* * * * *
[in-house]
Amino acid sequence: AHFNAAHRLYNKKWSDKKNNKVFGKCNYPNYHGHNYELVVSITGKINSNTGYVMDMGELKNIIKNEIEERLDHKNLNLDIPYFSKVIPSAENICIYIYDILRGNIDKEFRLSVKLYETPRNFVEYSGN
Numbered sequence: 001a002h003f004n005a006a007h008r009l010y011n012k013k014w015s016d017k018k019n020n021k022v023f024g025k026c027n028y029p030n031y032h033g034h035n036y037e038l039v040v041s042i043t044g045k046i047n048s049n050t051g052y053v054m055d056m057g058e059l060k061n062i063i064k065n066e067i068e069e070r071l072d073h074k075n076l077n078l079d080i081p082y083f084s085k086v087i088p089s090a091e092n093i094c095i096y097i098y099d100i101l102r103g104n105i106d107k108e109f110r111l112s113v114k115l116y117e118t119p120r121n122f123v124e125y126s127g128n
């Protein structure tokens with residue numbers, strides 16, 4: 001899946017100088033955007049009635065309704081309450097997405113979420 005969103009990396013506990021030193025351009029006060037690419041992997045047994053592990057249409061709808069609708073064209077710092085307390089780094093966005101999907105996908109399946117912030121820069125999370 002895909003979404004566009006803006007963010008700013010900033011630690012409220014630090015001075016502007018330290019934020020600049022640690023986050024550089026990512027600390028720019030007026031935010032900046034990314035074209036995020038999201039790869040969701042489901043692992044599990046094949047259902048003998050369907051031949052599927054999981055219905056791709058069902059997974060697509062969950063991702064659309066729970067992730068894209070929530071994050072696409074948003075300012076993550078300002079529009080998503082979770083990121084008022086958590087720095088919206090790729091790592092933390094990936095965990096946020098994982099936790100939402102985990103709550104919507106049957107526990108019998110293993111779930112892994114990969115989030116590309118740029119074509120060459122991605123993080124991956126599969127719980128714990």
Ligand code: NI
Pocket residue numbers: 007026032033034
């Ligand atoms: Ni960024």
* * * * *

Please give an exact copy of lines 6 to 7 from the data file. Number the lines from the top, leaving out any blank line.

Pocket residue numbers: 007026032033034
């Ligand atoms: Ni960024």